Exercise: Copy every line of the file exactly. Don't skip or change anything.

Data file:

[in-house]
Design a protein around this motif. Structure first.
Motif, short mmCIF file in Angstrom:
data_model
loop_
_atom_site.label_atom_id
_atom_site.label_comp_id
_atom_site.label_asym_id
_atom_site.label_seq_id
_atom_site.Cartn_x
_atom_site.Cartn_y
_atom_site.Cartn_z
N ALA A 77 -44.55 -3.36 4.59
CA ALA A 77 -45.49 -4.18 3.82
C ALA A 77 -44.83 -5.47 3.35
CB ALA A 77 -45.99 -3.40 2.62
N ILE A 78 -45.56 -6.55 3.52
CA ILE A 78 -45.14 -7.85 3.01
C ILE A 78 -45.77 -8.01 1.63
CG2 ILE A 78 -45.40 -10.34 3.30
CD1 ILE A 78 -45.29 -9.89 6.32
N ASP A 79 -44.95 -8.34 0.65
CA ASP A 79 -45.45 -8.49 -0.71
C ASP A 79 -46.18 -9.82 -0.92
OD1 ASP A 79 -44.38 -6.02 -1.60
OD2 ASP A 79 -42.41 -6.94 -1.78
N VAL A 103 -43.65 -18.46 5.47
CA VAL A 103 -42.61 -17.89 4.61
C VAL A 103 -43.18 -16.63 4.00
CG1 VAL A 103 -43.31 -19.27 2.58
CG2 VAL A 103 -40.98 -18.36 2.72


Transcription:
[in-house]
Design a protein around this motif. Structure first.
Motif, short mmCIF file in Angstrom:
data_model
loop_
_atom_site.label_atom_id
_atom_site.label_comp_id
_atom_site.label_asym_id
_atom_site.label_seq_id
_atom_site.Cartn_x
_atom_site.Cartn_y
_atom_site.Cartn_z
N ALA A 77 -44.55 -3.36 4.59
CA ALA A 77 -45.49 -4.18 3.82
C ALA A 77 -44.83 -5.47 3.35
CB ALA A 77 -45.99 -3.40 2.62
N ILE A 78 -45.56 -6.55 3.52
CA ILE A 78 -45.14 -7.85 3.01
C ILE A 78 -45.77 -8.01 1.63
CG2 ILE A 78 -45.40 -10.34 3.30
CD1 ILE A 78 -45.29 -9.89 6.32
N ASP A 79 -44.95 -8.34 0.65
CA ASP A 79 -45.45 -8.49 -0.71
C ASP A 79 -46.18 -9.82 -0.92
OD1 ASP A 79 -44.38 -6.02 -1.60
OD2 ASP A 79 -42.41 -6.94 -1.78
N VAL A 103 -43.65 -18.46 5.47
CA VAL A 103 -42.61 -17.89 4.61
C VAL A 103 -43.18 -16.63 4.00
CG1 VAL A 103 -43.31 -19.27 2.58
CG2 VAL A 103 -40.98 -18.36 2.72